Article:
Supreme Administrative Court of Sweden

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The Supreme Administrative Court of Sweden (Swedish: Högsta förvaltningsdomstolen, before 2011 Regeringsrätten, acronym RR or RegR) is the supreme court and the third and final tier for administrative court cases in Sweden, and is located in Stockholm.[1] It has a parallel status to that of the Supreme Court of Sweden (Högsta Domstolen), which is the supreme court for criminal and civil law cases.

It hears cases which have been decided by one of the four Administrative courts of appeal, which represent the second tier for administrative court cases in Sweden. Before a case can be decided, a leave to appeal must be obtained, which is typically only granted when the case is of interest as a precedent. The bulk of its caseload consist of taxation and social security cases.

Justices of the Supreme Administrative Court (the Swedish term is justitieråd) are appointed by government, but the court as an institution is independent of the Riksdag, and the government is not able to interfere with the decisions of the court. By law, there shall be fourteen Justices of the Supreme Administrative Court or such a higher a number as may be required, at the government's discretion. As of 2009, there were eighteen Justices in the court. One of the Justices serves as president and head of the court, and is appointed by the government to this function.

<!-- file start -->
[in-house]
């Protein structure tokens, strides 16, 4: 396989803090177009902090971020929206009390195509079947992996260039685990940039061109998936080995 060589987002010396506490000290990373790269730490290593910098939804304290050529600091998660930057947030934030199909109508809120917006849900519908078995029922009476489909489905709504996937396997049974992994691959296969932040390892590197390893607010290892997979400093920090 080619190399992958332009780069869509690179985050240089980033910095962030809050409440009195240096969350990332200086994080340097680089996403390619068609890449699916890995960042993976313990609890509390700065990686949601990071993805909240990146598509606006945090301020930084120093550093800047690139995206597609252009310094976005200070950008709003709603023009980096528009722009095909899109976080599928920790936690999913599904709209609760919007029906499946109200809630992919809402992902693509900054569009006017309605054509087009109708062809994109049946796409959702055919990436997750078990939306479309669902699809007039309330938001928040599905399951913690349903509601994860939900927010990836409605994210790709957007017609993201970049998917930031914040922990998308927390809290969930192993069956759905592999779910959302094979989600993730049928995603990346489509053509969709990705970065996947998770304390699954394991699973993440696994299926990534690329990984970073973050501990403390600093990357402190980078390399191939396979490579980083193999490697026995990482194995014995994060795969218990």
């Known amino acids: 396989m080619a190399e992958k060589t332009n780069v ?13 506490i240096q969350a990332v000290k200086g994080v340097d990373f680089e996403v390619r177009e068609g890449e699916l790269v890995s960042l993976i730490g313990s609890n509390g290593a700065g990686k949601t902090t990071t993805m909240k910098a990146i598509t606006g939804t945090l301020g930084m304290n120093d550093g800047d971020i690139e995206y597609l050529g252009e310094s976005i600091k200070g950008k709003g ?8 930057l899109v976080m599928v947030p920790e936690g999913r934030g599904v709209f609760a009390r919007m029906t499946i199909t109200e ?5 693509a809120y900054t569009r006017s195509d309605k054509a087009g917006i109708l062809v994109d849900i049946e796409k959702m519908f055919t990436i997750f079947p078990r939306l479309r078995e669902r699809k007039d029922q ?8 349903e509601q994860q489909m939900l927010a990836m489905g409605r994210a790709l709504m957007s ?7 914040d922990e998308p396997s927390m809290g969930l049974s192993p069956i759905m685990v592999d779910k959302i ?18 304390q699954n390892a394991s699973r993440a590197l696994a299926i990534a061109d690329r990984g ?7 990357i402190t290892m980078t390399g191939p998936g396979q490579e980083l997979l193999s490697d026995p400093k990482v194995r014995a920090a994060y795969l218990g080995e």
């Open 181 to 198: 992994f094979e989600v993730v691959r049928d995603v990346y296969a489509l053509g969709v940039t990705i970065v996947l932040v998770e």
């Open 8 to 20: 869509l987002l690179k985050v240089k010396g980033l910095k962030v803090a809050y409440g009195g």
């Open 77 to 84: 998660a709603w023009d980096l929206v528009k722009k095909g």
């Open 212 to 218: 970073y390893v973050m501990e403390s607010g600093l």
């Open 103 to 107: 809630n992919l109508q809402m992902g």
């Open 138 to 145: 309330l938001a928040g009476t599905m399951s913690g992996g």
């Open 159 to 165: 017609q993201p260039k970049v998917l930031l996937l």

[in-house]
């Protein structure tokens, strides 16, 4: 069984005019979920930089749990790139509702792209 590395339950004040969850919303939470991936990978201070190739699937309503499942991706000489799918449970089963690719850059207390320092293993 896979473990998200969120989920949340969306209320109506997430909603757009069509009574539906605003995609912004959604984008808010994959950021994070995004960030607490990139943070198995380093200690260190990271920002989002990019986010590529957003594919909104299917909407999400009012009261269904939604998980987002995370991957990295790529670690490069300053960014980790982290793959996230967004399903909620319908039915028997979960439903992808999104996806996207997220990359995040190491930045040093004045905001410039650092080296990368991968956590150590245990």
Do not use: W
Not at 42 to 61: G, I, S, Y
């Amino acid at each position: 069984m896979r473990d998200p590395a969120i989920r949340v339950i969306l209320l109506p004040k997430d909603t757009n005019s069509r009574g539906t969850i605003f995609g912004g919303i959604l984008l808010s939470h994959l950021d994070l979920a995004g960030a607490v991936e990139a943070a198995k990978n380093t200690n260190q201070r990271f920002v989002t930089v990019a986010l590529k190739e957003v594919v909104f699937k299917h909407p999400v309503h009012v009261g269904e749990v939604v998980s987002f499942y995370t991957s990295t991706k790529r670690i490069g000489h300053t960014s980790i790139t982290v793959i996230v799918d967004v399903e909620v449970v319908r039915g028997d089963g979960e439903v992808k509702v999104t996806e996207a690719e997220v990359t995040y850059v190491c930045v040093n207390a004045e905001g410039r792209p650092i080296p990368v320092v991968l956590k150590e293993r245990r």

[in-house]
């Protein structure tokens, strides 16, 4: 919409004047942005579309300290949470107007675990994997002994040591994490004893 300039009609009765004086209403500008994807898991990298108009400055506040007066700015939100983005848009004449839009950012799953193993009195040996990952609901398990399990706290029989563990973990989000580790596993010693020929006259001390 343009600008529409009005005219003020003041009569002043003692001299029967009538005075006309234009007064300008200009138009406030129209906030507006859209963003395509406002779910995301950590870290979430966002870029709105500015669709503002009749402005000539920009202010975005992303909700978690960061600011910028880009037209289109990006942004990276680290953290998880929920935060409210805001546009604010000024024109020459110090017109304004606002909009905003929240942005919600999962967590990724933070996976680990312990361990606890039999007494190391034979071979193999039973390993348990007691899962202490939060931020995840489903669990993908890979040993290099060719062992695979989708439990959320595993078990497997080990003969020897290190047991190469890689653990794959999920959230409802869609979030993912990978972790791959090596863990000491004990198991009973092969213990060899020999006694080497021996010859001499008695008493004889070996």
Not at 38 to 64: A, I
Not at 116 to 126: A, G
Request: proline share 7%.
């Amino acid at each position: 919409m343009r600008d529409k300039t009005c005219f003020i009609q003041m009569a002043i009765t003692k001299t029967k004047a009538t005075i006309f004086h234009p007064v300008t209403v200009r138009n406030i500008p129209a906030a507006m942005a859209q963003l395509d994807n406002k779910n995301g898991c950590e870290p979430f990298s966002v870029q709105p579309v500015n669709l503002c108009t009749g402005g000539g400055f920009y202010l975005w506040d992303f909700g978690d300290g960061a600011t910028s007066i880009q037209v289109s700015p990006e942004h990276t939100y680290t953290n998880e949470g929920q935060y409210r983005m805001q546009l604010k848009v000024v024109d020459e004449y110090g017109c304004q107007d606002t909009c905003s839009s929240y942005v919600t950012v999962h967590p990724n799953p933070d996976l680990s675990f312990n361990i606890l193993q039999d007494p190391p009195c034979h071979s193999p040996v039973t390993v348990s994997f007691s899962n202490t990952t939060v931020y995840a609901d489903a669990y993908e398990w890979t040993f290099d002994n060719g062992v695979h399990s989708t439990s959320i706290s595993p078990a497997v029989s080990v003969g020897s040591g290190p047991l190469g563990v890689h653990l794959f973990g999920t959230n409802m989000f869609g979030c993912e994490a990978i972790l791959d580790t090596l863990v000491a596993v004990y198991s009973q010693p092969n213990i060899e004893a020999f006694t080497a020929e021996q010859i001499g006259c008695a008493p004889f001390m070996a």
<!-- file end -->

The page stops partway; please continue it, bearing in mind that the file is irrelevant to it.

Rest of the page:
Since 3rd of January, 2011, Justice Mats Melin serves as the court's president.

In total the court has approximately 100 employees.

History[edit]

The court was founded in 1909. Before that, the Supreme Court of Sweden handed administrative court matters as well. From 1972 until 2009, the Supreme Administrative Court resided in the Stenbock Palace on the Riddarholmen islet in central Stockholm. Since 2011 the court sits in Kammarrättens hus (the former Administrative Court of Appeal Building) and the Sparre Palace on Riddarholmen.

Kammarrättens hus (yellow) and the Sparre Palace (white) is the seat of the Supreme Administrative Court of Sweden.


References[edit]

  1. ^ Courts of Sweden: The Supreme Administrative Court, accessed on February 20, 2009

External links[edit]